We had the chance to get some hands-on experience with Sony’s new and long-awaited FE PZ 28-135mm F4 G OSS cine lens and talked directly to Sony’s cine product manager Sadanobu Ueda who explained all the details about the new lens on (see above) and off camera. Why is this lens important? Many users of large sensor cameras, be it dslr video users or those who use larger cinema cameras, have had to resort to photo lenses for large sensor video use. The new Sony FE PZ 28-135mm F4 G OSS cine lens is the first dedicated video lens for large sensor cameras. Here’s a list of the most important features: It has an ideal zoom range for most applications ranging from wide angle to close-up focal lengths. It has a continuous aperture of F/4.0. The lens can be controlled with accessories like motors or manual follow focus units due to it’s geared design, yet the focus rings are rubberised for easy handheld use. The focal length can be controlled with a built-in zoom rocker (zoom). The built in motors can also be controlled remotely from cameras with a zoom rocker (Sony FS7). With the flip of a switch the aperture can be clicked or de-cllicked for smooth operation. The lens features an optical image stabiliser. Hands-On Experience We had some hands-on time with a prototype of the lovely new lens and we can tell you that it truly is a lovely and sharp lens. Unfortunately we are not allowed to publish the footage we shot, but will reveiew the lens more in-depth in the future. The aperture F/4.0 seems to go all the way through, unlike Canon’s own and frequently used Canon 24-105mm that gets darker at the far end. The images appear very sharp and clear and we couldn’t see any obvious chromatic abberation or softening at F/4.0. We were told it is made for 4K applications. The optical image stabiliser behaved very nicely and smoothly and a lot like the one we know from the Canon 24-105mm, probably even a little better. We could use the 135mm focal length and get an extremely stable image from a handheld A7S. A very very welcome feature is the fact that you don’t lose focus when you change the focal length. So you can zoom all the way in to focus and zoom out again to retain a focused image, just like on a proper ENG lens. The declicked aperture is a wonderful feature to have. Overall the lens feels very well manufactured and strong. What we didn’t like so much was its size and weight. The Canon in comparison is definitely a more compact lens. Also we realised that the zoom was always motor-controlled. So even if you change the focal length with the zoom ring on the lens itself, it’s always a motor inside that actually controls it resulting in less precise and slower focusing possibilities. The lens will be available early next year and cost $2.499. It is already available for pre-order.Read more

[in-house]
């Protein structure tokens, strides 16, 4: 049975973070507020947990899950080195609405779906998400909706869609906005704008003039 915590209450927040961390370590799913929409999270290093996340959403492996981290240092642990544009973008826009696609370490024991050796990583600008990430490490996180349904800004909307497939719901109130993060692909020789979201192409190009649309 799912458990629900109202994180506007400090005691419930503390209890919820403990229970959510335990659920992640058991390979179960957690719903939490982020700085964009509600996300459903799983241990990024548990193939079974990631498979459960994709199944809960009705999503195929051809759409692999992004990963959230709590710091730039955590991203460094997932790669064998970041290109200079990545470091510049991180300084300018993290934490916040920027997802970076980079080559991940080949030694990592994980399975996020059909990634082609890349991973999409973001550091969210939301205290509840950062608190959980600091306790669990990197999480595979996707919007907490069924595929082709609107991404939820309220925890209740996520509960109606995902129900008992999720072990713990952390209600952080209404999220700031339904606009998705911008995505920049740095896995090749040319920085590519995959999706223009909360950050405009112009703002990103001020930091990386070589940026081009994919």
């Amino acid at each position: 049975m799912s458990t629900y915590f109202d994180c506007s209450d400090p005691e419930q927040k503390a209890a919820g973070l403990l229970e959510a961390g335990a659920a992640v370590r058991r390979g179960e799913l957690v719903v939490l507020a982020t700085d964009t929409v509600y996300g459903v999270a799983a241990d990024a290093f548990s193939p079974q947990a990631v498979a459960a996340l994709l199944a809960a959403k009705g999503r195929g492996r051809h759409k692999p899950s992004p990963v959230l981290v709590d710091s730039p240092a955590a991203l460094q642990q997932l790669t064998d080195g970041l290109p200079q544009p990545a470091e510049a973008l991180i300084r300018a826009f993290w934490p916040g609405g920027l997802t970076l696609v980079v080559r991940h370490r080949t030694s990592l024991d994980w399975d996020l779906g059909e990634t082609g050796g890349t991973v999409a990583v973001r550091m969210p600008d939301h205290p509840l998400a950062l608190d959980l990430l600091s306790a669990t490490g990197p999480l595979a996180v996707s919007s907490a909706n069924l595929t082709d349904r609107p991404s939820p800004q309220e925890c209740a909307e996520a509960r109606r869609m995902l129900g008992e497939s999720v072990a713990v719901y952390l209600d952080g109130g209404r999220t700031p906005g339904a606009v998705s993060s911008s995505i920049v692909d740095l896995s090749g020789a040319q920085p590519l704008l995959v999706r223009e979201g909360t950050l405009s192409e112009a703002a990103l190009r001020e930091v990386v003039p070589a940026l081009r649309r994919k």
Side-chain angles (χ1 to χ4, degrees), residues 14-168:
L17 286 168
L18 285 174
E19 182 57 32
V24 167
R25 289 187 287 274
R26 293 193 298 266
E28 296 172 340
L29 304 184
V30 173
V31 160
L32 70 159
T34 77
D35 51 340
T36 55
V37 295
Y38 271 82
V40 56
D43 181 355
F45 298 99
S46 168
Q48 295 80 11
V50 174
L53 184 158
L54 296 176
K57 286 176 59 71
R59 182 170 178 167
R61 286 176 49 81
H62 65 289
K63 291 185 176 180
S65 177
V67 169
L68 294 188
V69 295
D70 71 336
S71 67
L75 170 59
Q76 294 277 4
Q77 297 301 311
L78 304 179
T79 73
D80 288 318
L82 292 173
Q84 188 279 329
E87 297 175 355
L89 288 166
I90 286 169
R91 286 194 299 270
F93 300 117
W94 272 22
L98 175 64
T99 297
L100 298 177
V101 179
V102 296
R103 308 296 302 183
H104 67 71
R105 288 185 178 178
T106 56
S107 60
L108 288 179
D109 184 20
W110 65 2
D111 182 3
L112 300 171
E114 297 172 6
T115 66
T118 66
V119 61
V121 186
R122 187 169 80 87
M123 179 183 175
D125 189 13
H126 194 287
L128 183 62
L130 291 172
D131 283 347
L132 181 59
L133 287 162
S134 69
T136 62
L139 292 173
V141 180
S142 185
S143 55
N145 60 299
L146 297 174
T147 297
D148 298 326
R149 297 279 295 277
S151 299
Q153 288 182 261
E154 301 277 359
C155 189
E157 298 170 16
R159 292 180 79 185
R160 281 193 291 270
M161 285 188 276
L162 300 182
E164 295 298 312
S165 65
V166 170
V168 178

Canon has been teasing us with their announcements of their SuperHDSLRs. That’s nice but for many these are just too highly priced, unreasonably so, I might add, if technology were to be invested right we could have had the perfect HDSLR a long while ago. In the meantime we might as well find the Supercheap HDSLR. Here’s a good start: Sigma now offers their new superzoom 18-200mm f/3.5-6.3 II DC OS for $399 instead of $499. This lens was introduced last year, offers optical image stabilization and improvements over the previous model. As HDSLRs become more and more light sensitive there’s lesser need for expensive glass. If you’ve got a high ISO camera and are not the lens switcher type this deal might be a good one for you. Of course the higher f-Stop lens will deliver less of that shallow depth of field we’ve begun to love so much. The other lenses are the 17-50mm F2.8 and the 105mm f/2.8 for $594 and $769. All lenses are available with Canon, Nikon and Sony mount. Link to the Sigma deal at B&H Photo.Read more
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